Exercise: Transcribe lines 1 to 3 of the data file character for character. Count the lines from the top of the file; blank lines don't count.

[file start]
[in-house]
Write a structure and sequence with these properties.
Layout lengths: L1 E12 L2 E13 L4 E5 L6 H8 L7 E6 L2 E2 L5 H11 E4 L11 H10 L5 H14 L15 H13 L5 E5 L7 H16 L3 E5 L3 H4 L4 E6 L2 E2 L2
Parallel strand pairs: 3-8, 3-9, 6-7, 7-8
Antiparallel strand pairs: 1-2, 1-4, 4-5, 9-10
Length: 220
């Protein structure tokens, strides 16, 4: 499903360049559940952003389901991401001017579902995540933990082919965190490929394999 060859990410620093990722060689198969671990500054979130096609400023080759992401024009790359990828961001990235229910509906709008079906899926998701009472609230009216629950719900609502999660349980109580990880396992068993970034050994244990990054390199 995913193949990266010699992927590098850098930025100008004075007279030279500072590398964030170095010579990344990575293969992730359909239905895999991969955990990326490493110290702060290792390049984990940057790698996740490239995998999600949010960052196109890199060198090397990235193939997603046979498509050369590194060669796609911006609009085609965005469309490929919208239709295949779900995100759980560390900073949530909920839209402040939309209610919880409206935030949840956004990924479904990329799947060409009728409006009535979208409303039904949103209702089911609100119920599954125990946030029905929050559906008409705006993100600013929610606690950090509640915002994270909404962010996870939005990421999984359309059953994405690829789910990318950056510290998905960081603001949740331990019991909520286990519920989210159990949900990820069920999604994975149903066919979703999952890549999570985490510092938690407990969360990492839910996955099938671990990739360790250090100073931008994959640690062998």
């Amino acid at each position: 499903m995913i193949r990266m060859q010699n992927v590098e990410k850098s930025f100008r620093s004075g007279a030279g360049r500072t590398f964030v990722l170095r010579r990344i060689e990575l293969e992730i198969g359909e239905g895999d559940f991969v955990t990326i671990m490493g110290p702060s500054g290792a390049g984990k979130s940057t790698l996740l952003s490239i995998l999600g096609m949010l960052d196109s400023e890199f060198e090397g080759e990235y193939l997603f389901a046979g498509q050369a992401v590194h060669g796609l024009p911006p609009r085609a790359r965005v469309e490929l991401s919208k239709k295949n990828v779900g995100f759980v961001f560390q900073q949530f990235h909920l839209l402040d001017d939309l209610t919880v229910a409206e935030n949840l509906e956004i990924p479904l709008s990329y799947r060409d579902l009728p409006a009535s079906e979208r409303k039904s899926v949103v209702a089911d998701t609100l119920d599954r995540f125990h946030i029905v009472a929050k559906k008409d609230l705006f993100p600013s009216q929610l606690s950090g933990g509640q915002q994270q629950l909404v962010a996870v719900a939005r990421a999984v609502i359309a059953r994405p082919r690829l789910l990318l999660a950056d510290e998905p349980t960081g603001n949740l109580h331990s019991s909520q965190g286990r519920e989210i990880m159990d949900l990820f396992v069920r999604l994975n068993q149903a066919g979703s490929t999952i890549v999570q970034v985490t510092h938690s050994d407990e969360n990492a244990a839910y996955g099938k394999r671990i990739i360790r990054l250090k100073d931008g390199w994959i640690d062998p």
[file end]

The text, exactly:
[in-house]
Write a structure and sequence with these properties.
Layout lengths: L1 E12 L2 E13 L4 E5 L6 H8 L7 E6 L2 E2 L5 H11 E4 L11 H10 L5 H14 L15 H13 L5 E5 L7 H16 L3 E5 L3 H4 L4 E6 L2 E2 L2